As someone who’s been at this making a living at a creative endeavor thing for a while, I feel the occasional compulsion to offer “sage wisdom” from my time in the trenches. Like all advice, you can and should take or leave whatever parts of this advice suit you.
- What you’re doing matters. With that said, it may not matter as much as you’d like or to the people you want it to matter to. Being creative and putting it out there for the world is the definition of leading by example. Even if your book or art or music isn’t changing the lives of millions of people, if you’ve ever gotten a positive review on Amazon, sold a painting or received some likes on that YouTube video where you did a cover of Pearl Jam’s “Jeremy” (and kudos to you if you did cover that song, you madman) you reached someone. You jolted them out of their grind enough for them to take the time to say something or do something. That is huge! Don’t underestimate it.
- You should expect poverty. Being wildly successful and making (insert your fantasy sum of money here) is unlikely. There is no accounting for why some things sync with the cultural or international zeitgeist and some things don’t. By all rational measures, The Shawshank Redemption should have been the highest grossing, most Oscar-winning movie of the last 20 years. Every movie with the name “Twilight” attached to it should have made exactly $0 and gotten relentless trashed by anyone with the mental development of the average 3rd grader. Yet, Shawshank bombed at the box office and was ruthlessly snubbed by the Academy. Twilight was, as of late 2013, closing in on $5.8 billion in total revenue and still being defended by fans with a cult-like zeal. Maybe that’ll be you, but don’t bank on it.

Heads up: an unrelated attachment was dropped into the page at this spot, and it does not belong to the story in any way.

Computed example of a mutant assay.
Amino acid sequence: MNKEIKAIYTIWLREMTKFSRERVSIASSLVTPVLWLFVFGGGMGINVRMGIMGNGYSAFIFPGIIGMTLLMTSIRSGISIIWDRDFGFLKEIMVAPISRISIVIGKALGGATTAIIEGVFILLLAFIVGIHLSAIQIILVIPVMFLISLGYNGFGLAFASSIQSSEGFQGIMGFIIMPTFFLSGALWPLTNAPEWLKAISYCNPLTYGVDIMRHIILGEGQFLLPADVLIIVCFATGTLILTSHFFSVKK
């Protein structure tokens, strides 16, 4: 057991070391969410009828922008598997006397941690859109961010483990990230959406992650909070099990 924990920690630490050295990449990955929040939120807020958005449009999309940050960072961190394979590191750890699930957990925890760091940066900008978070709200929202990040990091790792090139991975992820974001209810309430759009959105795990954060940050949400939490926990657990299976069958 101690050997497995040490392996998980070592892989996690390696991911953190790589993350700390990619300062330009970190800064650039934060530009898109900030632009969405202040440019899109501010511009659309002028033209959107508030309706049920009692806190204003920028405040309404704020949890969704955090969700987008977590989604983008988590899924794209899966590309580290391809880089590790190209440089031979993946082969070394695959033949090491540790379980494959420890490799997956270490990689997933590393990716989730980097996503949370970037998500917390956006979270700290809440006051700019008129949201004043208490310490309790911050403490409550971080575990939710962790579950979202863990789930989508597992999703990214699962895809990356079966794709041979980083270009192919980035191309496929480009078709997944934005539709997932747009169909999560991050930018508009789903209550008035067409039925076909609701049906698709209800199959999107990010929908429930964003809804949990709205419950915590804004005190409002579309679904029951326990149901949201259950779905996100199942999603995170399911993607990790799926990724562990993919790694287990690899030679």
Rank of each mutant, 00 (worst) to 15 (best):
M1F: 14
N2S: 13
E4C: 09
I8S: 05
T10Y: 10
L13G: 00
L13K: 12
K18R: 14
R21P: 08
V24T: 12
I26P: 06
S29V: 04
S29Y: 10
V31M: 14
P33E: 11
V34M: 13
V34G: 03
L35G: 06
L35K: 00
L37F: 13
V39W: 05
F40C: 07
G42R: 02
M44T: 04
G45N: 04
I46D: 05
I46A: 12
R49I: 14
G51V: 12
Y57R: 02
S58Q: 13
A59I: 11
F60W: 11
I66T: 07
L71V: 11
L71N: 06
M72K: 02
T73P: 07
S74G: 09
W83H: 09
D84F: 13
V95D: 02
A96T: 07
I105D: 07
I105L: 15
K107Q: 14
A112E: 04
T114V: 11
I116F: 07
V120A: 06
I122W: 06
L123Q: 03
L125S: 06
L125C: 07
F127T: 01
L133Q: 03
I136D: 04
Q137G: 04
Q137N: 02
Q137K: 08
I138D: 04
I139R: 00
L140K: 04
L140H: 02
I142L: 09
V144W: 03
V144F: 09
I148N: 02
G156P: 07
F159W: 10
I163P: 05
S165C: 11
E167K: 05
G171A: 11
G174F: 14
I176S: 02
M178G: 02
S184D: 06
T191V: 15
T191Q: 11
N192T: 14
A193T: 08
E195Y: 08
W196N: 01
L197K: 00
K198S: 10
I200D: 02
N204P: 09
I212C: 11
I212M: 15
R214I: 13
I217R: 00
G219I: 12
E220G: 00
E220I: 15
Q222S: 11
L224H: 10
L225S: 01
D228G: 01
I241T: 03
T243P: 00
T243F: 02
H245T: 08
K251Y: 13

- You can make a living with your creative endeavors. It is possible to achieve that goal. It isn’t easy. It isn’t always reliable. It is, however, entirely possibly to make enough to live on from year to year. Tens of thousands of people are doing it right now.
- You’re not as good as you believe you are. I know, I know, that sounds mean and cruel, but it’s almost always true. It’s the rare bird whose actual skills are in line with their perception of their skills. In the early days, you’re almost never as good as you imagine. Later…much, much later…the asymmetry sometimes goes the other way, but assume your work is about 50-75% worse than you think.
- Persistence pays off. Creative fields are a nightmare to break into because the margins are wafer thin for most of the places that buy that kind of work. They aren’t looking to bring along a promising talent. They’re looking to slap recognizable names onto the cover of the magazine or the front of the theater because that brings in paying customers. If you give things some time and you’ve got any real talent, you will start to book gigs, get clients, sell stories and see your work out in the world.
There you have it. Five tips for aspiring creative types. Did I miss something you think should be on here? Think I’ve got something on here that shouldn’t be? Got a good recipe for Tiramisu? Drop a comment below and let me hear about it.